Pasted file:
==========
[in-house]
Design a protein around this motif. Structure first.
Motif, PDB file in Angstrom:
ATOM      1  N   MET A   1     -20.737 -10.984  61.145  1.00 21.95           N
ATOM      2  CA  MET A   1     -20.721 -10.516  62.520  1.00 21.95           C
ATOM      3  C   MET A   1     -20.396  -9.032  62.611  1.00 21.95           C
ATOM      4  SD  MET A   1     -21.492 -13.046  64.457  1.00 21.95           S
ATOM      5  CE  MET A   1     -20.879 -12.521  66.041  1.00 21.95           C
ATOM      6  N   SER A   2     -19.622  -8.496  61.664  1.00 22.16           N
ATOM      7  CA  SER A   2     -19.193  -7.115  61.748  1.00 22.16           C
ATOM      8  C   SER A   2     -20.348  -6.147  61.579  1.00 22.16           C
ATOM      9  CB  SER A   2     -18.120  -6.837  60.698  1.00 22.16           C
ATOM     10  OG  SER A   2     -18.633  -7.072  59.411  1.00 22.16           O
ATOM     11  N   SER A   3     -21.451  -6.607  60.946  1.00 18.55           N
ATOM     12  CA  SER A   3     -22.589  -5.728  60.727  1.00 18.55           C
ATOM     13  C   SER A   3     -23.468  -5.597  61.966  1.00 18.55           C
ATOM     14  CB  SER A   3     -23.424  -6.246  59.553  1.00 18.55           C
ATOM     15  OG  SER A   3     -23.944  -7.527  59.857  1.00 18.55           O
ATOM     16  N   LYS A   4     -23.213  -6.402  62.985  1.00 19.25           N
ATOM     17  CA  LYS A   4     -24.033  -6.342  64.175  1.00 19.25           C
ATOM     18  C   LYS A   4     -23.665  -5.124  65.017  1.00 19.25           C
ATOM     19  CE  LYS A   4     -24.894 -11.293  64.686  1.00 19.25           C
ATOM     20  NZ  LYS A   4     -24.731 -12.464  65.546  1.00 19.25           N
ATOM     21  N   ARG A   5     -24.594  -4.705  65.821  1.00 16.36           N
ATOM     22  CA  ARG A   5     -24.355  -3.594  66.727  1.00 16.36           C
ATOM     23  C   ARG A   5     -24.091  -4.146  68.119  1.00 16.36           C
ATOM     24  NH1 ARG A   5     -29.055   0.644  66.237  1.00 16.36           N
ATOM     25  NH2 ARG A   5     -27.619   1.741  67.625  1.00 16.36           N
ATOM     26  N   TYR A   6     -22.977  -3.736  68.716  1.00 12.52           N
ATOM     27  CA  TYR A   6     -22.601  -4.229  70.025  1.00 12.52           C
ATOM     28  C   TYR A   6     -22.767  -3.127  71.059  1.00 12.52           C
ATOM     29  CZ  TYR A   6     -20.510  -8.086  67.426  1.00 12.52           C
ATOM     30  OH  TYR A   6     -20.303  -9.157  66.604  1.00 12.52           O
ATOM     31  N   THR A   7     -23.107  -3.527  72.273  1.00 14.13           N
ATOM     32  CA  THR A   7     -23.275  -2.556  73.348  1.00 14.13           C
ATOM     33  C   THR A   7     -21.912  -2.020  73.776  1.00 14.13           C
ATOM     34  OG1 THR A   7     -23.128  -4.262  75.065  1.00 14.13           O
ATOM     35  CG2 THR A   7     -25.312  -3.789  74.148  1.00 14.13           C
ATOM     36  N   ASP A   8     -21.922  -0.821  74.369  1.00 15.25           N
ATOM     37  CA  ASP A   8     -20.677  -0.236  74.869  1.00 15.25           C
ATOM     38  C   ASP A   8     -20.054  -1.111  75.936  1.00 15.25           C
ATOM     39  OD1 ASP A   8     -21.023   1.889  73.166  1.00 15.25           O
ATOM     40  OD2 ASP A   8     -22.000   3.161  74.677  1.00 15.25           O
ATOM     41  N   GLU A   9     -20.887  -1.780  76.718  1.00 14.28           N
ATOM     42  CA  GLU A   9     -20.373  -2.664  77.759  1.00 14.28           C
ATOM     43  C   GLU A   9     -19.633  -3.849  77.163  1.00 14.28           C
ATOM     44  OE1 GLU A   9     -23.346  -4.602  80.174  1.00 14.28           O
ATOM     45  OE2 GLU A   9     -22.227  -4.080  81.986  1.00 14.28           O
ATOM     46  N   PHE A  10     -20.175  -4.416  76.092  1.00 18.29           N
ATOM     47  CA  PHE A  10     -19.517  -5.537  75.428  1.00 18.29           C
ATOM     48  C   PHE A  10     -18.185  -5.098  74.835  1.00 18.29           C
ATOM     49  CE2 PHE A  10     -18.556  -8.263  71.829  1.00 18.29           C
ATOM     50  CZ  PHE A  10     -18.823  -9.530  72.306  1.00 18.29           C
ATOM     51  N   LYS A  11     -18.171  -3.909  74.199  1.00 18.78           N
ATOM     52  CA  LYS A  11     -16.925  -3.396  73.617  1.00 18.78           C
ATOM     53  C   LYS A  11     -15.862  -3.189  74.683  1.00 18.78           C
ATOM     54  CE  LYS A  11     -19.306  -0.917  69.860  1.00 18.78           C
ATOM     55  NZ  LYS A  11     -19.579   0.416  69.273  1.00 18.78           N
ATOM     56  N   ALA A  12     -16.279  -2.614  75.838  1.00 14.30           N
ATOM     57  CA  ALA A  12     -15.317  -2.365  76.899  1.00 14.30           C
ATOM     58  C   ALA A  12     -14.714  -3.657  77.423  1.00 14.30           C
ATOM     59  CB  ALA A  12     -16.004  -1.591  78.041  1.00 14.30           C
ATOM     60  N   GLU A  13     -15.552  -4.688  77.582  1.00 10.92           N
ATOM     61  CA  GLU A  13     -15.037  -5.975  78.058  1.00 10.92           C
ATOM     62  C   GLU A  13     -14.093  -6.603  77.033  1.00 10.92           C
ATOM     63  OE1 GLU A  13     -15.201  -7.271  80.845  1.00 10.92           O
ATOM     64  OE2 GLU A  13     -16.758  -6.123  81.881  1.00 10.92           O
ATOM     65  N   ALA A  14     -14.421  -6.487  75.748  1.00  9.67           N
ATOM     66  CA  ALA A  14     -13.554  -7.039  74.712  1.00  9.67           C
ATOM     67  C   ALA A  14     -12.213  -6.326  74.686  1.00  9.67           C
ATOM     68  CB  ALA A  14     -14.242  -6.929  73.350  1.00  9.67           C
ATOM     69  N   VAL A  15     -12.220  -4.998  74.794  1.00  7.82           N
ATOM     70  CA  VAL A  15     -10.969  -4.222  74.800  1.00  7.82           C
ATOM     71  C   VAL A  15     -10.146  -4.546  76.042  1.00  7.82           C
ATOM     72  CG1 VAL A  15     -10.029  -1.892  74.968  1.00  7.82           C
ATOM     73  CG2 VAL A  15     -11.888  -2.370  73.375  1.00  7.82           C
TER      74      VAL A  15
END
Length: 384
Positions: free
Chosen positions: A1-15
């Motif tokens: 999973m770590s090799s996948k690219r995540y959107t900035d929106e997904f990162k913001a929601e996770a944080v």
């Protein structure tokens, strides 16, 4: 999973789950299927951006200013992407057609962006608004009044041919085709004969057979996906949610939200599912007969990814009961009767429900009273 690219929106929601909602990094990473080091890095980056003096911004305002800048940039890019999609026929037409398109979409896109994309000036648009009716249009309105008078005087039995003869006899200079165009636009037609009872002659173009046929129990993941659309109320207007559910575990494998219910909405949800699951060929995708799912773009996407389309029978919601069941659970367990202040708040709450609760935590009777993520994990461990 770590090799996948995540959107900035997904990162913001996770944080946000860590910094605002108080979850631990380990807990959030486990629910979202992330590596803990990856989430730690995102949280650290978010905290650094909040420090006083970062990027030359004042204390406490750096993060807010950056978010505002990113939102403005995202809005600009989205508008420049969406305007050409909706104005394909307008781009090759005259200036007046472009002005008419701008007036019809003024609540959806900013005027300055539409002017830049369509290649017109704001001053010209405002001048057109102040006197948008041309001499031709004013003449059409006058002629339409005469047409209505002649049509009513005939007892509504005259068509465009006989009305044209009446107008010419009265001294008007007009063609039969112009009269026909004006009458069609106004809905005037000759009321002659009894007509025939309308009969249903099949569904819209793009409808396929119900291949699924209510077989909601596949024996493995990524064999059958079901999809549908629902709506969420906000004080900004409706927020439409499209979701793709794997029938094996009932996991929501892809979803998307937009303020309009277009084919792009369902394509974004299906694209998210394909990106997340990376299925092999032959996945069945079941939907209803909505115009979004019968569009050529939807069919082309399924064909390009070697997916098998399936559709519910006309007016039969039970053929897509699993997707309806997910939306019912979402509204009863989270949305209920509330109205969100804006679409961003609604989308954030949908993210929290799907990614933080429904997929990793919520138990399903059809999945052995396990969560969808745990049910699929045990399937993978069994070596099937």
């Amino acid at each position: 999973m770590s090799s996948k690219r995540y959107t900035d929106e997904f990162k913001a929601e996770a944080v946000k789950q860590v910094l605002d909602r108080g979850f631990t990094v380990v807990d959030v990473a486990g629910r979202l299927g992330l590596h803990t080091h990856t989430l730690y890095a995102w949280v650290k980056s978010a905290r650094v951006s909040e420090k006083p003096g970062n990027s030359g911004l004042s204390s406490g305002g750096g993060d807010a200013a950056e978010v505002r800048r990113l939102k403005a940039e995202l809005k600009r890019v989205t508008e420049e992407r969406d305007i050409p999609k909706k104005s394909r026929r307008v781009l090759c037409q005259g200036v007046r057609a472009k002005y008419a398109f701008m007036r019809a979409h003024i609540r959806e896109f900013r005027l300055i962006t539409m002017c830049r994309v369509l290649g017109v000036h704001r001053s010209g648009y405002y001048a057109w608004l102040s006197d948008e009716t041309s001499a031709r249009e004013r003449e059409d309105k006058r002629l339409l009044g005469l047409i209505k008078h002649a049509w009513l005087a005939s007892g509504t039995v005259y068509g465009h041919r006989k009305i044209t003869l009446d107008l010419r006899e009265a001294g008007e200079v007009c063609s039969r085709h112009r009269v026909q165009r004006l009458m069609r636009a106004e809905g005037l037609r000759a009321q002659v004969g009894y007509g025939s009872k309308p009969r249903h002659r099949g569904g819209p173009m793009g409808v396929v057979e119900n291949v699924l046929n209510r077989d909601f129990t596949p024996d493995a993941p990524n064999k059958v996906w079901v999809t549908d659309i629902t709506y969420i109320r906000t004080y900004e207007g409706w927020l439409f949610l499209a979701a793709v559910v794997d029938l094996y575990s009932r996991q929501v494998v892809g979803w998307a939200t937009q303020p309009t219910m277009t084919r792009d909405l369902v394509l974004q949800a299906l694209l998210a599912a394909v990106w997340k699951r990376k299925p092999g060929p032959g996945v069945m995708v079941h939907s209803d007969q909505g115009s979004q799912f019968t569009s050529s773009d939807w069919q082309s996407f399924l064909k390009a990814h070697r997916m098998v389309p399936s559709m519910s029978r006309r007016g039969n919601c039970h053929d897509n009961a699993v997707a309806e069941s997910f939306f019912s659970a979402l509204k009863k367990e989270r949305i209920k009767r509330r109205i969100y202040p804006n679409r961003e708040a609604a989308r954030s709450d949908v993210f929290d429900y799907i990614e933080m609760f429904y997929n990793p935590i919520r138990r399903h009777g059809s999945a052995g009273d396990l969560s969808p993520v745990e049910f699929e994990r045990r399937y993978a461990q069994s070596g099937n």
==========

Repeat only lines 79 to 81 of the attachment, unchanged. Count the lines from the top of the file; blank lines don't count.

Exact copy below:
Length: 384
Positions: free
Chosen positions: A1-15